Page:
The point is about making choices. Trade-offs.

In one of my earliest posts, Paper, Flip Phones, and Anvils, I wrote about not making other people justify the things they own:

If someone prefers physical books to ebooks, don’t make them justify it.
If someone doesn’t have a smartphone, don’t make them justify it.
If someone doesn’t have internet access at home, don’t make them justify it.
If someone doesn’t have GPS and, to all appearances doesn’t need it, don’t make them justify it.

It doesn’t matter if they are poor, or old, or technologically illiterate, or made a choice that you don’t understand and don’t give a shit about. Don’t make them justify that they don’t own an item, just like you wouldn’t make them justify not owning designer jeans or not owning a home aquarium or not owning a BMW*.

Kris Bowser, Paper, Flip Phones, and Anvils SELF QUOTES ARE SO CLASSY

I wrote the above quote right around when I came up with my Master Plan. The idea of making trade-offs and not compromising on my dreams and goals was one and the same as my reasoning for not upgrading my phone, my car, and my laptop until I absolutely needed to.

I had a flip phone until December 2016, and I got a ton of shit for being a Luddite (even though I design websites!) because people didn’t understand the nature of the choice. I upgraded only when the smartphone choice became pragmatic as well as shiny, like a unicorn with a sensible rain coat.

We don’t have a microwave either. Same deal. That, too, was a choice.


One night at my old job, when I was training a fellow security guard, he brought in his new computer, an $1100 HP laptop. Awesome graphics card! Fast processor! Huge hard drive! Tons of RAM! Can make paninis and will sing you to sleep while gently stroking your eyelids with delicate little machine hands!

What did he do with this awe-inspiring machine?

He watched Youtube videos and typed Word documents, two things you can do on absolutely any computer.

In other words, he could’ve saved $900 if he’d taken a few minutes to think about what he’d actually use the laptop for. That’s all it comes down to: taking a little time to think.

Who are you? What do you do? Will the new shiny thing help who are you and what you do?

I’m Kris. I write. I go outdoors. I try to take care of my family, even though I’m only about three-quarters of a functional person.

Between the first draft and these final paragraphs, I upgraded my phone. It’s not as important to my writing process, but I don’t want to be left at the mercy of its treacherous battery if I’m out hiking and get some kind of injury.

I find myself examining my new phone’s case and screen protector over and over again to make sure they won’t betray me after I finally spent the money to upgrade.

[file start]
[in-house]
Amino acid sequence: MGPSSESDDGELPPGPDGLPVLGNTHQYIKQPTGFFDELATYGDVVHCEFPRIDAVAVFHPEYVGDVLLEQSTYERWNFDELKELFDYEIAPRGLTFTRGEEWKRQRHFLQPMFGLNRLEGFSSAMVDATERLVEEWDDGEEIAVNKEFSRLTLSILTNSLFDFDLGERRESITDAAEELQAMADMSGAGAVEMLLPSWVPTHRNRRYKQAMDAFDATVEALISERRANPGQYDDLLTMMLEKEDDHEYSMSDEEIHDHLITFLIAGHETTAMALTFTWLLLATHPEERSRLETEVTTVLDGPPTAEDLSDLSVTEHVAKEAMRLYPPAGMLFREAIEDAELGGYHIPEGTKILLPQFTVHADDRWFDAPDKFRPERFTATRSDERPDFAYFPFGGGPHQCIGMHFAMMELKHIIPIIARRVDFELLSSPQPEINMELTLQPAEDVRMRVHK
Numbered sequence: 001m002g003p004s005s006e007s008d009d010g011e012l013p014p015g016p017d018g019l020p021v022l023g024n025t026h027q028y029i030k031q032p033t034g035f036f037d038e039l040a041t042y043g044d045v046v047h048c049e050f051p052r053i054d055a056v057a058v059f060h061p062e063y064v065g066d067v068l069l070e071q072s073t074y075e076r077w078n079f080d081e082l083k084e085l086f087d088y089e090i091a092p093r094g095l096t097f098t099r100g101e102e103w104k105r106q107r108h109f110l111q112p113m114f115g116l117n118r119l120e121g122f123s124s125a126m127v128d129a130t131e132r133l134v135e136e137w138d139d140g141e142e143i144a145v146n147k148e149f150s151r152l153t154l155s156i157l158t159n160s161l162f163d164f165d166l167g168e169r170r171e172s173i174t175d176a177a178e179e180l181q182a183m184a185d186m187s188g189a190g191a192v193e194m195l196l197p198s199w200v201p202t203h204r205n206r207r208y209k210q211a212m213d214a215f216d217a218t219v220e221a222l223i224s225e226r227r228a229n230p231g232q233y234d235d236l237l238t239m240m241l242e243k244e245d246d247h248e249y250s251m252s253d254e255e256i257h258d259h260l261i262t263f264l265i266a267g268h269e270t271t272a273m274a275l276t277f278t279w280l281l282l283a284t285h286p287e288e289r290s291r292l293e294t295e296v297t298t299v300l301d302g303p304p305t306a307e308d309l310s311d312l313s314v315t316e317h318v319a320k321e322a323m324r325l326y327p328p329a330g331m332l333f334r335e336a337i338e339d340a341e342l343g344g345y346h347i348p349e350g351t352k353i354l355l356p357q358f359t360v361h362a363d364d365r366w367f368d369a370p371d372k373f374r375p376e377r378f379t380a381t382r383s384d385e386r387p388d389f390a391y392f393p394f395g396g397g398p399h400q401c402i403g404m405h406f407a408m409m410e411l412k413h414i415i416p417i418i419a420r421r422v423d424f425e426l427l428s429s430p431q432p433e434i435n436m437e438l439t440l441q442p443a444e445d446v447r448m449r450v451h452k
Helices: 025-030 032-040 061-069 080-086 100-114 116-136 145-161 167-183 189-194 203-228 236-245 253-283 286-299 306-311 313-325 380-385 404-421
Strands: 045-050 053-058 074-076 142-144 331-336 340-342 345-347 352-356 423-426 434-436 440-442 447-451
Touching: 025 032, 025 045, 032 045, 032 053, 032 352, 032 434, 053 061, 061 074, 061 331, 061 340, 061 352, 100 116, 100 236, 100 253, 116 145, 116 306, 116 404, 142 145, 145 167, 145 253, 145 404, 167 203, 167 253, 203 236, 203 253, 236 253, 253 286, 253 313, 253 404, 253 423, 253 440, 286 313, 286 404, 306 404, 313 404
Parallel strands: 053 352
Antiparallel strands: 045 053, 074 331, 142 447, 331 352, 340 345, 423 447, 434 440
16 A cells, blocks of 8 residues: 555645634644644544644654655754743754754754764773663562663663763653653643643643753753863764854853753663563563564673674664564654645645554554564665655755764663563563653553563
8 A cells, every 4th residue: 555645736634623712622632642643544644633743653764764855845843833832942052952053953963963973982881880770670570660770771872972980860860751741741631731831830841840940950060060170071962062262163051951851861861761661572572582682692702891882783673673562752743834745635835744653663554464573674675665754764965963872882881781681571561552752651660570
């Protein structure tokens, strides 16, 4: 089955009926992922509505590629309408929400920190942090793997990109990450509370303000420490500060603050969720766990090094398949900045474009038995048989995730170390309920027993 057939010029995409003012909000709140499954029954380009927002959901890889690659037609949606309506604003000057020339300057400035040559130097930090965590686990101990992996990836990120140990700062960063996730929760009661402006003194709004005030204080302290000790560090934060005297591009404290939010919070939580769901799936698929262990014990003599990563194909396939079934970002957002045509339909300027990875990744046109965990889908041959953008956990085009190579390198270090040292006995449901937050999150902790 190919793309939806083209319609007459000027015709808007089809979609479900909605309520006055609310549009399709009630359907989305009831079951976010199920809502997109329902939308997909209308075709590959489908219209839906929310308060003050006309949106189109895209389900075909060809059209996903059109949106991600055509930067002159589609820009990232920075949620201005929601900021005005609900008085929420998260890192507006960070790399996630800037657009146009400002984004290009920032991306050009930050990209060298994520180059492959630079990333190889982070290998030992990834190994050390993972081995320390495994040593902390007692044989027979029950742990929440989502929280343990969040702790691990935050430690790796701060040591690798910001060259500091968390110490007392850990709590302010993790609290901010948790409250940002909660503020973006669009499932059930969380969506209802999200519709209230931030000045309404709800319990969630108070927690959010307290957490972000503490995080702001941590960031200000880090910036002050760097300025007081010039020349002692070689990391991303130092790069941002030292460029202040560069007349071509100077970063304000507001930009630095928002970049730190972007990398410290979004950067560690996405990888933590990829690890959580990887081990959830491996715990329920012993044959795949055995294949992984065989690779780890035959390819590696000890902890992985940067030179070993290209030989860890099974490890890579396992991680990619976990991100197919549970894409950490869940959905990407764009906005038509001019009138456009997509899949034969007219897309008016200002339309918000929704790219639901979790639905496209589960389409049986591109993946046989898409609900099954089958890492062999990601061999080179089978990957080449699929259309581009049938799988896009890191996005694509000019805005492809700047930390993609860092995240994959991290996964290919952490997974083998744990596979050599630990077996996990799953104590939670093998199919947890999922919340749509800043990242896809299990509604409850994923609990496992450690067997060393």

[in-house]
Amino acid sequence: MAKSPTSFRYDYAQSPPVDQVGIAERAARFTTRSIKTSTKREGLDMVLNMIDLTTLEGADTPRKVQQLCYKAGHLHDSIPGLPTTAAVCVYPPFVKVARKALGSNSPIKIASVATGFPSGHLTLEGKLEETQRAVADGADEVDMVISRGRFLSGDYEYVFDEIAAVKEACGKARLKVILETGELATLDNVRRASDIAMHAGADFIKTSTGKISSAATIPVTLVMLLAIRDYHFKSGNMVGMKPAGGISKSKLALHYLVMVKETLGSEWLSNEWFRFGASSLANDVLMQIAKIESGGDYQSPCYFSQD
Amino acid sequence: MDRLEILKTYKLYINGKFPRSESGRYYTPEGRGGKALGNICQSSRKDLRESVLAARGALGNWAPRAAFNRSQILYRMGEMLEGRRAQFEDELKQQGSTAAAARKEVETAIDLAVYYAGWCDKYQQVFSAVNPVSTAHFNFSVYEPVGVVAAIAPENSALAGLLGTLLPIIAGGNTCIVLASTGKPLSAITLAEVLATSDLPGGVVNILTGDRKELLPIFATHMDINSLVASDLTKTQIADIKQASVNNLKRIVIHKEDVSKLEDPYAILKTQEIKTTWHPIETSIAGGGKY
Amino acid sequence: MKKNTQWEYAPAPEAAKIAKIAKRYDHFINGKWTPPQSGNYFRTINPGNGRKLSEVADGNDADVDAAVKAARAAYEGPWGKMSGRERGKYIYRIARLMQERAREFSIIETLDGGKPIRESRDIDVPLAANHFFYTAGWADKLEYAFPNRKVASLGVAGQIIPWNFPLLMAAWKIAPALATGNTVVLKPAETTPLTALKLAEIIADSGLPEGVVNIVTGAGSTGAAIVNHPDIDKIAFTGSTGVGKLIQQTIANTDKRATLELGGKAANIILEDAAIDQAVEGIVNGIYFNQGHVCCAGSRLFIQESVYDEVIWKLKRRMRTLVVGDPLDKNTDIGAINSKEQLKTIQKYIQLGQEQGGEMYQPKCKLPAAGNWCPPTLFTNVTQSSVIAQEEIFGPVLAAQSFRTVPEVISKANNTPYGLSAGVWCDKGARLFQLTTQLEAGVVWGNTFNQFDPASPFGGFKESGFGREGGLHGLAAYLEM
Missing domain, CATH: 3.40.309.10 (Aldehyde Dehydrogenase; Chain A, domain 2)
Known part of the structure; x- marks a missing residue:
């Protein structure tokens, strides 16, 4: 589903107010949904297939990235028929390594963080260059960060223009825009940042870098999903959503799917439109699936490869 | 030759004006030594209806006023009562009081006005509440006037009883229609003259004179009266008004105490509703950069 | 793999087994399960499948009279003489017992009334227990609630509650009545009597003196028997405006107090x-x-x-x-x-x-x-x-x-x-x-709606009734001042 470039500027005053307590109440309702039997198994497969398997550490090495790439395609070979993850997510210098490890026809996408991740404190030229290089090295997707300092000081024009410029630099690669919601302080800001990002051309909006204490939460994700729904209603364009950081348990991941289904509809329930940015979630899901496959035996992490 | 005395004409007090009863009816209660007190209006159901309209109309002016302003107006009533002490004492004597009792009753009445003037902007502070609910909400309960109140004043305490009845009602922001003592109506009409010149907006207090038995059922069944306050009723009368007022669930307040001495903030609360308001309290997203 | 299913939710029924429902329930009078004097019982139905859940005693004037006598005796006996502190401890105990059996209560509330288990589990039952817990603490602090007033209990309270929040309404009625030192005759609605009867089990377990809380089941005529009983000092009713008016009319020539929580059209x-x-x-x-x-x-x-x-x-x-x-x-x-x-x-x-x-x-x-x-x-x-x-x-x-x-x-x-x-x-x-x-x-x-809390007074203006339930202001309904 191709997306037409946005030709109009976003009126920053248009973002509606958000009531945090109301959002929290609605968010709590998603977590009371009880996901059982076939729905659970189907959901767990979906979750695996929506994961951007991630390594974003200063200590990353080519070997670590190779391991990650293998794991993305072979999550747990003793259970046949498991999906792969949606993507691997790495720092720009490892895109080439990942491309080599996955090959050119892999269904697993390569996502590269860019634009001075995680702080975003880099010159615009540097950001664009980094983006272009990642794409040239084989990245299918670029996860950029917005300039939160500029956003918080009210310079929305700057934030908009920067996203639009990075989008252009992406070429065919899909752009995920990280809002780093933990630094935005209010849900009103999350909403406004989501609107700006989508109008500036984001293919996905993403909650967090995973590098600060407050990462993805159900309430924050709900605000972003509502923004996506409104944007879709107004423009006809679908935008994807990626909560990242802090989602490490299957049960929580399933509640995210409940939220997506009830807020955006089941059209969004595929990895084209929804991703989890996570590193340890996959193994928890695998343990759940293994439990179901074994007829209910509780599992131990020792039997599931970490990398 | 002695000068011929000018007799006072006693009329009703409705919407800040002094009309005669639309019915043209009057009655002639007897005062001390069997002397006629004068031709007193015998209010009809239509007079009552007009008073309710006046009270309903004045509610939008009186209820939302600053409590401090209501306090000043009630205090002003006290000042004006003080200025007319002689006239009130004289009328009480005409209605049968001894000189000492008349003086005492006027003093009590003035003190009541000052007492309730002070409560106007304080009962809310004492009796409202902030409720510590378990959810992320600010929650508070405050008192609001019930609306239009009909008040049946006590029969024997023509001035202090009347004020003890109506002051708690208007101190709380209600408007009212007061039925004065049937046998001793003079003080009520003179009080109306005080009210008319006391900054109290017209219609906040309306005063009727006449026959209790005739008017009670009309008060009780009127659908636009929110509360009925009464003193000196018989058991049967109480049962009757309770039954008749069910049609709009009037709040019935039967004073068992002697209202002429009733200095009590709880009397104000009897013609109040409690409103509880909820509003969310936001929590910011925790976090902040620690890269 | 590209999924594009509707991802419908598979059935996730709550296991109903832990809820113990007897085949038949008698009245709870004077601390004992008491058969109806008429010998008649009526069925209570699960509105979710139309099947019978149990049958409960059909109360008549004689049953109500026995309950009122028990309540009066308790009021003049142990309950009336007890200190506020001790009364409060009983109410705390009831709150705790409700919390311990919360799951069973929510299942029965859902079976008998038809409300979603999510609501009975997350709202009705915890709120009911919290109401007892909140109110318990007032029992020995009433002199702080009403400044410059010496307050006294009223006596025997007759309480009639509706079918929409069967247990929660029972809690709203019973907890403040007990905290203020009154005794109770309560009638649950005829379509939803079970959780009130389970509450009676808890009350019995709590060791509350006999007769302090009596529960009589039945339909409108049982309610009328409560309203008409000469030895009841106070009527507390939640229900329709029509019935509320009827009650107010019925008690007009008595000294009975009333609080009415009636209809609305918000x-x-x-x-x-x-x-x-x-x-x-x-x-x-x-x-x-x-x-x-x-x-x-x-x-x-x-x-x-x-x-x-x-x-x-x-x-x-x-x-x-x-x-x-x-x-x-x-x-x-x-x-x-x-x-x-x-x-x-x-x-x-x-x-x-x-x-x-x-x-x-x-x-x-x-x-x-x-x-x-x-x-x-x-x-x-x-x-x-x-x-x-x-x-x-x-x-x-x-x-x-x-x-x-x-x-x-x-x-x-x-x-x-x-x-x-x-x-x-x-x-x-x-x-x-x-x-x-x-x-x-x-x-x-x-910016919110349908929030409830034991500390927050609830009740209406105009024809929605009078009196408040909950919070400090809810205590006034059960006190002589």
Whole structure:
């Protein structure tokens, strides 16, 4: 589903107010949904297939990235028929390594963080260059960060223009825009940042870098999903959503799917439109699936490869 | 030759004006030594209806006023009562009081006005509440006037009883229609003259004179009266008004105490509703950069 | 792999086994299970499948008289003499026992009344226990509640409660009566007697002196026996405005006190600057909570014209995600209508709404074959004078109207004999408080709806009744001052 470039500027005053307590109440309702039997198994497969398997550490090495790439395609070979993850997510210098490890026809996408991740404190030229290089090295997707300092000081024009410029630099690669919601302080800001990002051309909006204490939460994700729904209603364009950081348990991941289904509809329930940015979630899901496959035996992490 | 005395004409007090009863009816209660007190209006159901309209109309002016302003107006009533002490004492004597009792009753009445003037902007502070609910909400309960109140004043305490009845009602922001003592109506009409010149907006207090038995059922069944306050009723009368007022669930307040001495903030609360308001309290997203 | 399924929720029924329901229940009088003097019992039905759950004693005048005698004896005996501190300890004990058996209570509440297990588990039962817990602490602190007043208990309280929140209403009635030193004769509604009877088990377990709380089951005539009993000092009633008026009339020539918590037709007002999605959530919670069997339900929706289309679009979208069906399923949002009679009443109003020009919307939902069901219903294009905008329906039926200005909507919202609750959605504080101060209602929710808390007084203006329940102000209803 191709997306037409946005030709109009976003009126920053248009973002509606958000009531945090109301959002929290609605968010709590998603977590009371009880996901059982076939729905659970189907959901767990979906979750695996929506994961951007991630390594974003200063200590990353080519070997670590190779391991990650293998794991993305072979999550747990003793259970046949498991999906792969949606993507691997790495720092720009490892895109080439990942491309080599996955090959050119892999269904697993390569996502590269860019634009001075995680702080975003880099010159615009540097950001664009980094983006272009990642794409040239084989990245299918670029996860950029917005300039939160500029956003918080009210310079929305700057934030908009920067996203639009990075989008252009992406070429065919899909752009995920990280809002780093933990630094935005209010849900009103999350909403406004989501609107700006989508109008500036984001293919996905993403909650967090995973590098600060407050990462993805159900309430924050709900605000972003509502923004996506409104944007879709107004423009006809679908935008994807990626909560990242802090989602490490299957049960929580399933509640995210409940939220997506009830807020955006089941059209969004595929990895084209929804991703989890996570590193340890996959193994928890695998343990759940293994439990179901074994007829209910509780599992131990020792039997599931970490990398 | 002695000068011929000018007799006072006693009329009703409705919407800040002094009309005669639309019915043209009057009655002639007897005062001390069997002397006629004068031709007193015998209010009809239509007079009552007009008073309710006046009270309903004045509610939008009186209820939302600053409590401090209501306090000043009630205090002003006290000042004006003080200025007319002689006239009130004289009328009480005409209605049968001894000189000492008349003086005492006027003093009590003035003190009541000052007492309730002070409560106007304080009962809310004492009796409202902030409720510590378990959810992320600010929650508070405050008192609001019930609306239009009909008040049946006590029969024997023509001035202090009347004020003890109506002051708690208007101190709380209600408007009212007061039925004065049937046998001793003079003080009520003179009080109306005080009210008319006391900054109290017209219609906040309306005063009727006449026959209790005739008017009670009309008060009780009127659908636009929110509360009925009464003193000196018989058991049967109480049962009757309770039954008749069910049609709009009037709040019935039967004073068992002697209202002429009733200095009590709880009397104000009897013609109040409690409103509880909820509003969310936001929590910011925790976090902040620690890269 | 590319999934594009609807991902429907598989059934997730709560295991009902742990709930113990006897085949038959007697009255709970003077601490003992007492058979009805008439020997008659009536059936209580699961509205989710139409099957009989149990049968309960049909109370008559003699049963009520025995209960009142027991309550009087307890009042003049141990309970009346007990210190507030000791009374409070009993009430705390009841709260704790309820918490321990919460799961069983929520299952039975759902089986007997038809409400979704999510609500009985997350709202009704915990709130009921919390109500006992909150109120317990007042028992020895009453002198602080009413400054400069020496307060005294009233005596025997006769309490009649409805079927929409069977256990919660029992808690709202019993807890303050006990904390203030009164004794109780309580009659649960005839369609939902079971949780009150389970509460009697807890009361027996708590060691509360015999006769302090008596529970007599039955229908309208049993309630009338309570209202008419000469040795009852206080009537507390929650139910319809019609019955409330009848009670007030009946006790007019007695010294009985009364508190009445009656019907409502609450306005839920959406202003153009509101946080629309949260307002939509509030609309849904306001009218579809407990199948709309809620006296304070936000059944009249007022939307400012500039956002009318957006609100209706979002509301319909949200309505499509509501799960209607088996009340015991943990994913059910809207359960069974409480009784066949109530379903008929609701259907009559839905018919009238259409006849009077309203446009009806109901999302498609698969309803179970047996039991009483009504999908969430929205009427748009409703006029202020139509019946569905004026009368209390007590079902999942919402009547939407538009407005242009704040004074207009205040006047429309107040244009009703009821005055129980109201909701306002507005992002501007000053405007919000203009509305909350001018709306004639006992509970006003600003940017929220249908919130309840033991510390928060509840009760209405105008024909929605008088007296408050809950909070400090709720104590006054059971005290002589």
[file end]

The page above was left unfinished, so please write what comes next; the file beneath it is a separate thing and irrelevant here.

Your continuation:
And the laptop? The laptop is like the terminal cancer patient who is given one month to live, and lasts another ten years. Or, more literally, one year. I’ll replace it as soon as I can’t write on it because writing is what I do.

This is what it means to make trade-offs for for my work.

It’s not about asceticism; it’s about an honest accounting.


*To put it diplomatically, which I probably shouldn’t do.


Self-care is walking away to use the bathroom when you’re in a conversation you can’t escape, even if the other person is still talking.

Save the phrase “It’s just politics” for things like low-blow campaign ads and candidates fighting on Twitter. When you use it in reference to issues that impact other people’s lives, you reveal not only that these things don’t apply to your life, but also that you have a woefully narrow perspective.

Lying about… artist Ellsworth Kelly

When I bought Ellsworth Kelly stamps at the post office, I lied and pretended I knew who he was. The clerk expressed his surprise that they’d put out the Kelly stamps so quickly–he’d died fairly recently.

“Oh, that’s true,” I said.

In college, the teachings of Socrates inspired me to stop pretending I knew things in order to look smarter. Instead, I decided to just ask. I might look ignorant, but it would be better for me in the long term.

Asking is better than looking something up online later; you get a human perspective that’s missing from Wikipedia. Sometimes, also, you realize that other people don’t always know what they’re talking about.

Since I didn’t ask the clerk, I had to look up Ellsworth Kelly myself.

Kelly led a long life, made tons of art, and passed away in 2015. The single awesomest thing I learned about him? He was part of a WWII unit called “The Ghost Army,” which deceived the Germans into thinking there were allied armies where there were none. PBS made a documentary about it–I know the next documentary I’m watching.